With every pass, block or get-out-of-his-way bump, The Intimidator showed he still has it.
The 140,000 fans packed into Talladega Superspeedway were riveted by each move, responding with a cheer, groan or knowing nod to a neighbor.
Every time Dale Earnhardt rushed through the field from the rear last Sunday, people would stand and holler, many raising a hand in the air with three fingers extended, a tribute to his black No. 3 Chevrolet.
He's 49 and six years past his last Winston Cup championship, but Earnhardt continues to thrill fans as no other driver can. It shouldn't be any different Sunday in Rockingham, N.C.
''They call Jimmy Spencer 'Mr. Excitement,' but nobody excites a crowd like Dale Earnhardt,'' said Richard Childress, the team owner for whom Earnhardt has won six of his seven championships.
In the latest work of art by the superspeedway master, Earnhardt left even his detractors shaking their heads in awe and admiration.
With 10 laps remaining and 25 drivers crowded into the fast-moving lead pack, Earnhardt was 23rd.
He moved up to 18th with five laps left and appeared content simply to gain a few more spots and pick up much-needed points in his fight with leader Bobby Labonte.
But then, amazingly, Earnhardt began to shoot forward, slashing through the field and picking up positions by the bunch.
When he surged past son Dale Jr. to take the lead with one lap left, a roar rose from the vast Talladega grandstand. And when Earnhardt took the checkered flag, the place went wild, with strangers high-fiving each other.
It wasn't just another stock-car victory for Earnhardt, who now has 76 of them. Somehow, this one was special.
As the Victory Circle celebration went on far across the track from the main grandstand, thousands of people remained standing, chanting: ''Earnhardt! Earnhardt! Earnhardt!''
When he made the trip to the pressbox for the victory interview, Earnhardt was greeted by several thousand people screaming his name and cheering. He was forced to climb onto the van that brought him to the back of the grandstand, and he did an impromptu jig that brought cries of joy from the fans.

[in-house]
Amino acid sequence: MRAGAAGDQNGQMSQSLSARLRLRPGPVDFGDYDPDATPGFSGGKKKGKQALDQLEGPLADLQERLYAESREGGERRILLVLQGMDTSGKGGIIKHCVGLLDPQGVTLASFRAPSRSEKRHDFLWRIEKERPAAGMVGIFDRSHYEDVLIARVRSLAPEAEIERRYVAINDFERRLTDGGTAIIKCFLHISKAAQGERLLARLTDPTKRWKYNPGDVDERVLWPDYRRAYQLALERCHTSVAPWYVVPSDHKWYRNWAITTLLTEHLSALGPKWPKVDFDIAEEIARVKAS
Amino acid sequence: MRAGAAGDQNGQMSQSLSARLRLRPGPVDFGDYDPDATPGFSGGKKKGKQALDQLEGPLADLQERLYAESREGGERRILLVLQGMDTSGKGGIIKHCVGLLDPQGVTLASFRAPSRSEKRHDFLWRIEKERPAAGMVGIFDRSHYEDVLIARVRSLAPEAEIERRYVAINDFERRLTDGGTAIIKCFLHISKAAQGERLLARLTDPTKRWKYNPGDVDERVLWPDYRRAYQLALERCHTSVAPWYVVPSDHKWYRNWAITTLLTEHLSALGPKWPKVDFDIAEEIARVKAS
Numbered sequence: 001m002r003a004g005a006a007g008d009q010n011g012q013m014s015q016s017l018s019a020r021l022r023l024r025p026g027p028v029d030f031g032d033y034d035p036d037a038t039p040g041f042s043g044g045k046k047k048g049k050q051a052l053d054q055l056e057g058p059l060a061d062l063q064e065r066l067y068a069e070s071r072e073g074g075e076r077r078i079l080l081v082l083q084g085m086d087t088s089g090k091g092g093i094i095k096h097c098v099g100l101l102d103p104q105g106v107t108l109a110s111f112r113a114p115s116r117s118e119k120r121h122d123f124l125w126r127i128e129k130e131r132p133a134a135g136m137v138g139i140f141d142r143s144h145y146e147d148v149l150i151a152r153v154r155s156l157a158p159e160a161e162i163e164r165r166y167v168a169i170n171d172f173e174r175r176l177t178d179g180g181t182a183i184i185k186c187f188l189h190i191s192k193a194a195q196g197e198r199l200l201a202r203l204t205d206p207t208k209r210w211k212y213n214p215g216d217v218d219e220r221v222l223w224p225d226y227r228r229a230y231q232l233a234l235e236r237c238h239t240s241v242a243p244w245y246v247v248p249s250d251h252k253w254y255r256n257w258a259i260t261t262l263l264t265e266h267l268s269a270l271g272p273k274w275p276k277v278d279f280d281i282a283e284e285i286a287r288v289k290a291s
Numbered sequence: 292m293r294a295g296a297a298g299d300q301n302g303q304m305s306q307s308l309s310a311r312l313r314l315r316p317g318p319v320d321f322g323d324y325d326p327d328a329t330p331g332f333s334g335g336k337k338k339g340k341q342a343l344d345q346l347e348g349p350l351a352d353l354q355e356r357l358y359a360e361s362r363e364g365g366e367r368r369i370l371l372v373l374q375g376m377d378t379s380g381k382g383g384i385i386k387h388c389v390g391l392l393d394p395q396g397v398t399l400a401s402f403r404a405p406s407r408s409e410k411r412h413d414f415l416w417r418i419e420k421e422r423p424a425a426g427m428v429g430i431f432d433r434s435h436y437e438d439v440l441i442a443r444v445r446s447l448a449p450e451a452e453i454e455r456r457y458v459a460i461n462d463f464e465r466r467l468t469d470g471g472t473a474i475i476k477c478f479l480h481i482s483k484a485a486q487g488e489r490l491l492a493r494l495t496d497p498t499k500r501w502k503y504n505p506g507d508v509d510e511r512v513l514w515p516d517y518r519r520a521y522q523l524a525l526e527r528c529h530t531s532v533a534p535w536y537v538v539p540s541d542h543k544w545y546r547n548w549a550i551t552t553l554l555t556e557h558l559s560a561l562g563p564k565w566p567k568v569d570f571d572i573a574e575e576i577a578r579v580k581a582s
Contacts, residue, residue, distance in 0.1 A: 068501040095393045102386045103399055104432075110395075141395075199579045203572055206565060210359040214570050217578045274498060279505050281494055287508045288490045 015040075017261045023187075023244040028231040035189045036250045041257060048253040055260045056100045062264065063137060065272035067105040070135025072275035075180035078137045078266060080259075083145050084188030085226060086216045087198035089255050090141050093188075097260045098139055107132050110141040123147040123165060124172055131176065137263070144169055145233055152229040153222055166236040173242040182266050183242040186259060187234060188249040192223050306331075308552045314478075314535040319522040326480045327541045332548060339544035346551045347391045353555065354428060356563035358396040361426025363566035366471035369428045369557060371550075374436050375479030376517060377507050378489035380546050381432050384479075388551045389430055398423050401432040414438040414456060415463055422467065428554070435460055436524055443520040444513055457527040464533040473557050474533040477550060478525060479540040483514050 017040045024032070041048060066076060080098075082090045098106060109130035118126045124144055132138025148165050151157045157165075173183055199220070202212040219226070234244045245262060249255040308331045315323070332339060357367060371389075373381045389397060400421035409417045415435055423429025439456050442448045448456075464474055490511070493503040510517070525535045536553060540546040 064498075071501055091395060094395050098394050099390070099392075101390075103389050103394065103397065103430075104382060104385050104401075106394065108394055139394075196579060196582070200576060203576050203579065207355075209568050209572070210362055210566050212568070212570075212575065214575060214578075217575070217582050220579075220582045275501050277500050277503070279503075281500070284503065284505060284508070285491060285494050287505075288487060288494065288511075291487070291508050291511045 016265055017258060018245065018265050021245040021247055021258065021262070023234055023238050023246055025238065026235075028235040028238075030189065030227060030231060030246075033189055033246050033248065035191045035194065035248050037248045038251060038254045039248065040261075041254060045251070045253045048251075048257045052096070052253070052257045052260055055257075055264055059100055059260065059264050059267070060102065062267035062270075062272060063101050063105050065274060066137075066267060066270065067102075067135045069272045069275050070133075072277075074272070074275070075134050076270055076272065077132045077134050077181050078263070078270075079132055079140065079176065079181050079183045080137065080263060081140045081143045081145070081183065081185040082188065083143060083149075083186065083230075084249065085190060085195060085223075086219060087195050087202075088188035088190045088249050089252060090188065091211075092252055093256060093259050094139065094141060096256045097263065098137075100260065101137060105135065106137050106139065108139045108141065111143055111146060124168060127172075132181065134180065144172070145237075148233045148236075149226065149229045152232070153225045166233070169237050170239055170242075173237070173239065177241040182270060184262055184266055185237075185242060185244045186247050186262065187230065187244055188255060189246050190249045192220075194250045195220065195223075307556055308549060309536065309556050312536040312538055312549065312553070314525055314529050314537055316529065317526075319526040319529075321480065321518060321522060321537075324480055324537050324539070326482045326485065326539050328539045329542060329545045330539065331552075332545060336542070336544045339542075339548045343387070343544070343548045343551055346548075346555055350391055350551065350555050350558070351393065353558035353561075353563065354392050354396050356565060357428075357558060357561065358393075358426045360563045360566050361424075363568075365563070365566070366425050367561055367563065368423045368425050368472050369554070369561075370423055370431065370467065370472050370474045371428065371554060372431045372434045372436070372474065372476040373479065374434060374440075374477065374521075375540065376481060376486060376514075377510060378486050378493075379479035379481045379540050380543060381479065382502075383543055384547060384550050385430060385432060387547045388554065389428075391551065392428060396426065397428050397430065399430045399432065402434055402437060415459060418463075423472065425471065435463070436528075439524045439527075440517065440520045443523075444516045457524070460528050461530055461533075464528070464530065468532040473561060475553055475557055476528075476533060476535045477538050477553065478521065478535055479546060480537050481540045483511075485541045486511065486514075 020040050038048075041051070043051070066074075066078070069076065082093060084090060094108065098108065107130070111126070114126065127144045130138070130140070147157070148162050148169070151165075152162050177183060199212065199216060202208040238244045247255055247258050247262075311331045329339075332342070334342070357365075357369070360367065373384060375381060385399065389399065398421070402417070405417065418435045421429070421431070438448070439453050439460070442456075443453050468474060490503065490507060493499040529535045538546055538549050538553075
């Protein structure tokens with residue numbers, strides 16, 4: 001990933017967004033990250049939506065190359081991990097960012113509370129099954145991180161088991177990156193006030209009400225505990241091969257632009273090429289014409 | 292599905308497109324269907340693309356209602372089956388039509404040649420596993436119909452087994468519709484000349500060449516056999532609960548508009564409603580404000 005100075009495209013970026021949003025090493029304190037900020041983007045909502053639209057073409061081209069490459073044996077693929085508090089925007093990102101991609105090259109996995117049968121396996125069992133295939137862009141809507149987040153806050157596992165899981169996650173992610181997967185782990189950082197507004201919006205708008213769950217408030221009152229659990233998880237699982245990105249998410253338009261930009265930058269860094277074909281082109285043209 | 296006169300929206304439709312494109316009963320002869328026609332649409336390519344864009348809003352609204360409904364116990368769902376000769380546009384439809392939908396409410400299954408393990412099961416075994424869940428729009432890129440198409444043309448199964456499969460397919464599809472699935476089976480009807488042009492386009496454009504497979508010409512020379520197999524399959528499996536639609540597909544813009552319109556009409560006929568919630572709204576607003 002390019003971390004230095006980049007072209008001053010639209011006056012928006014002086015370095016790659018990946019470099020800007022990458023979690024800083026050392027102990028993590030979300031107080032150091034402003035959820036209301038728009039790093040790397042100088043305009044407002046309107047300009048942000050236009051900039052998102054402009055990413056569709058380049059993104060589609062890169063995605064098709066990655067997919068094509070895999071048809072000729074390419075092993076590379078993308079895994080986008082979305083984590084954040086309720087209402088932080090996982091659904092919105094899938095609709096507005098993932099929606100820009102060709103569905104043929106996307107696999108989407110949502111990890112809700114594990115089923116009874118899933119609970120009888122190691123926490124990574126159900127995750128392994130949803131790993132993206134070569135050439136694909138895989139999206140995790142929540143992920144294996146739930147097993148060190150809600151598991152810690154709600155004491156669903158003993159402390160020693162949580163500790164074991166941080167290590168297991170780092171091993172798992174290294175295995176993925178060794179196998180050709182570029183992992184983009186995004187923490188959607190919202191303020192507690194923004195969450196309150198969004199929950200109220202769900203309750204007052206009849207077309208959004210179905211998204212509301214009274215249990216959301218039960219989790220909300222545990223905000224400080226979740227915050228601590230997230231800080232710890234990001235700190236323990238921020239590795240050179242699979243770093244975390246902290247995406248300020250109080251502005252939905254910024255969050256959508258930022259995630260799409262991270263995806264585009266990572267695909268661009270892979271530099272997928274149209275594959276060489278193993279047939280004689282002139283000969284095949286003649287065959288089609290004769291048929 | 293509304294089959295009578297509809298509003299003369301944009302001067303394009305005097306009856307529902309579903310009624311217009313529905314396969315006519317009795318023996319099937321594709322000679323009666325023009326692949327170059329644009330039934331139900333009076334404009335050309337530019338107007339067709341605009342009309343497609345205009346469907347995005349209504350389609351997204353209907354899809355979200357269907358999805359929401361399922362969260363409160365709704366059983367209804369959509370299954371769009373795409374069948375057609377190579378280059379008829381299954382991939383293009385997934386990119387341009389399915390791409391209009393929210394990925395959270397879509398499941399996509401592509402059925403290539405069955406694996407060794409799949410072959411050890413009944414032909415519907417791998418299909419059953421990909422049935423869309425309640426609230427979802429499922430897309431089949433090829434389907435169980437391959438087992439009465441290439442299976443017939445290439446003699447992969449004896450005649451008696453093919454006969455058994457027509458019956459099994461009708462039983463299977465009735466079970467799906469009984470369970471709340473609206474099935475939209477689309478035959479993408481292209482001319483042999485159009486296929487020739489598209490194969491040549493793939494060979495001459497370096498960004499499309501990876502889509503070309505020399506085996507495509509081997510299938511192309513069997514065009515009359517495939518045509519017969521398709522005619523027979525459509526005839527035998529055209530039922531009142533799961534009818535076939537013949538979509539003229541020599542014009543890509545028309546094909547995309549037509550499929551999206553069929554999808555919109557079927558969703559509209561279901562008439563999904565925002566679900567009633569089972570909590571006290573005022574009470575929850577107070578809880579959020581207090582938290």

Finally, he walked into the pressbox. But the sound from outside persisted, this time with chants of ''Dale! Dale! Dale!''
The object of all this adulation smiled happily, took in the relative quiet of the pressbox and said, ''That was fun.''
Above all, this man -- thought to be on the downside of his career only two years ago -- has been reborn as a race driver. He is part of a championship battle that many would like to see him win, and he is racing at the front of the pack again every week.
The victory at Talladega was only his second win of the season, but Earnhardt now has 22 top-10 finishes and 12 top-fives in 30 starts.
''He's driving as well as I've ever seen him,'' said three-time Winston Cup champion Darrell Waltrip, who at 53 is closing out his career without a win since 1992.
''It doesn't look to me like he's lost anything. Most of us feel like we can still get the job done as we get older, but he's doing it. In fact, it looks to me like Earnhardt's getting better.''
Earnhardt is enjoying this rebirth as much as anyone can.
Looking as if he had just come in from a leisurely Sunday drive, Earnhardt smiled and his eyes sparkled.
''I was feeling totally relaxed out there,'' he said. ''I don't know what it was, but the car was just handling so good all race long that I never felt any pressure. I just felt good and was enjoying it.''
His victory, combined with Labonte's 12th-place finish, left Earnhardt trailing the leader by 210 points with four races to go.
That means another comeback is needed if Earnhardt is to get the record eighth title he wants so much.
''If we can get it down to 150 or less with a couple of races to go, I think we've got a shot at putting the pressure on,'' Earnhardt said, grinning. ''Anything can happen.''
When Earnhardt's involved, you don't have to prove that to the fans.
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